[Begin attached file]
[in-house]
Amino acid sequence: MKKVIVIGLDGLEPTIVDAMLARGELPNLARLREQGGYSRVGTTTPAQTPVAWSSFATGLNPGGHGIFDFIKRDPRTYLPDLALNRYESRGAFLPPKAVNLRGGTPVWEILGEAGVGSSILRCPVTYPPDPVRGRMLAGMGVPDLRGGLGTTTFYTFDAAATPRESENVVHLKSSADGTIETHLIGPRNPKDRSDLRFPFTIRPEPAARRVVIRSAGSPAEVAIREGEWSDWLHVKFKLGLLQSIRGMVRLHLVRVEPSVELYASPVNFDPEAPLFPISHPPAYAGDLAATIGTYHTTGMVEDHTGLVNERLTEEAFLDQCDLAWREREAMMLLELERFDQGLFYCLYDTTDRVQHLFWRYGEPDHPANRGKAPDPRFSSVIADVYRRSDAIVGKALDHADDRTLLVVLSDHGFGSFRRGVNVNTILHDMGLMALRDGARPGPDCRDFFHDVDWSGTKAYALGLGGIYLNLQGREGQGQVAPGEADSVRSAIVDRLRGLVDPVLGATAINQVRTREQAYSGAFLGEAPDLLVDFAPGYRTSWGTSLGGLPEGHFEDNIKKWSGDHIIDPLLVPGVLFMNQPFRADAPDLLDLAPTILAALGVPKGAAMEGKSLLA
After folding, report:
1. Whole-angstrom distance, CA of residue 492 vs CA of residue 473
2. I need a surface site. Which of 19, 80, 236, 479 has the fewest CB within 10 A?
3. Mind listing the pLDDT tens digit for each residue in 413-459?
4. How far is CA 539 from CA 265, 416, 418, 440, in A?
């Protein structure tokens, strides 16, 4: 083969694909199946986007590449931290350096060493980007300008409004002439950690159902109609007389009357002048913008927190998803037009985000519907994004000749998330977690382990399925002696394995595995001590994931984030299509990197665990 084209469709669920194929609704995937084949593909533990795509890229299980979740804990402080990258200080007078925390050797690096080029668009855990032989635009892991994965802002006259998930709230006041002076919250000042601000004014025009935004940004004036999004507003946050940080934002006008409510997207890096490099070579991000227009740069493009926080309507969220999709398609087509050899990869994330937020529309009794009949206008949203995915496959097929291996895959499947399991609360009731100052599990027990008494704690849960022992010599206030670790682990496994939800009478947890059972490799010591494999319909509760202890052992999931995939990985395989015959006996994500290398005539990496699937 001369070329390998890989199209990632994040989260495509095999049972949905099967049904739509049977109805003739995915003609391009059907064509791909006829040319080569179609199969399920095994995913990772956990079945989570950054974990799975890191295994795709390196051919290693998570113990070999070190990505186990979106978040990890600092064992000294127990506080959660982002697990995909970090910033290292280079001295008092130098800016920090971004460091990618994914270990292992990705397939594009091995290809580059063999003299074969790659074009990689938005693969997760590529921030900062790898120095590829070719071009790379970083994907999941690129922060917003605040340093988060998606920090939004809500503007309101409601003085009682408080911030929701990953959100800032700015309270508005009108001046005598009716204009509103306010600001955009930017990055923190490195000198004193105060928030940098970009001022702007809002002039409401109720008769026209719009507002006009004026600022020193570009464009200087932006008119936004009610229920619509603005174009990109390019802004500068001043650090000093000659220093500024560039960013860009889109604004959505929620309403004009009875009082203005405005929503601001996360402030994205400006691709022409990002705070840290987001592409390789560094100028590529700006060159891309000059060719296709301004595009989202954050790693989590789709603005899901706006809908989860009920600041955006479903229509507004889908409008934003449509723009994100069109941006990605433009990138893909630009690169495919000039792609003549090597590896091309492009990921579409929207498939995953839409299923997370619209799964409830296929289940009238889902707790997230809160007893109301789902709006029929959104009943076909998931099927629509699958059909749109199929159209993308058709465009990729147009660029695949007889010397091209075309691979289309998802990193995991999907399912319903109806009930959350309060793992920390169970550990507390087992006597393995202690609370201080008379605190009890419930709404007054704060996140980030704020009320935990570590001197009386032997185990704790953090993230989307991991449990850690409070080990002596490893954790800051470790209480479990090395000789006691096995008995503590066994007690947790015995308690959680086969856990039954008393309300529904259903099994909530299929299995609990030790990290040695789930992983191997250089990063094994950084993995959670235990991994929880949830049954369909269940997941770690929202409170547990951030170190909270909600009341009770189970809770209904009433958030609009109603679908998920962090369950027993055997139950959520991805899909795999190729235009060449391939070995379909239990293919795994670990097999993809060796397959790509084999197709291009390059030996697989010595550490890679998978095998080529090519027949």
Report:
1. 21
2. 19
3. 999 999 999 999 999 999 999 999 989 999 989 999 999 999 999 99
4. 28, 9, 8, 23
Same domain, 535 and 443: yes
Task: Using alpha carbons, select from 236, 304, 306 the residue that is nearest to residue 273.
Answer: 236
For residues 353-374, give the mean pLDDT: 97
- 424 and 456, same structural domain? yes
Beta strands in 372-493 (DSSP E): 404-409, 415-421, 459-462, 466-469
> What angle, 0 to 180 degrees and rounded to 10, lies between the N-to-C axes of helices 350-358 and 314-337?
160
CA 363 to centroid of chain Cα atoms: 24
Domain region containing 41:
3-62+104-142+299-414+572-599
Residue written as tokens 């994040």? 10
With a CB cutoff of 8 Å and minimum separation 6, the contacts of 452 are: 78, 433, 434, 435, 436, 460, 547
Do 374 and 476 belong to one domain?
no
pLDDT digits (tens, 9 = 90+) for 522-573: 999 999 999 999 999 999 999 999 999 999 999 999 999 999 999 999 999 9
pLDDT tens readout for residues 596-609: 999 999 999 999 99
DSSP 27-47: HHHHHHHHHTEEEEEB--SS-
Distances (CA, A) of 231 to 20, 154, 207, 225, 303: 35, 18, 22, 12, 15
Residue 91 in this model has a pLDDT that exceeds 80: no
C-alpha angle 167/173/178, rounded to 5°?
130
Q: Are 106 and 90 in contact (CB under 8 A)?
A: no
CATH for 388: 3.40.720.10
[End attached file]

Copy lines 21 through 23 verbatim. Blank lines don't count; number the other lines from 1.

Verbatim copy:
160
CA 363 to centroid of chain Cα atoms: 24
Domain region containing 41: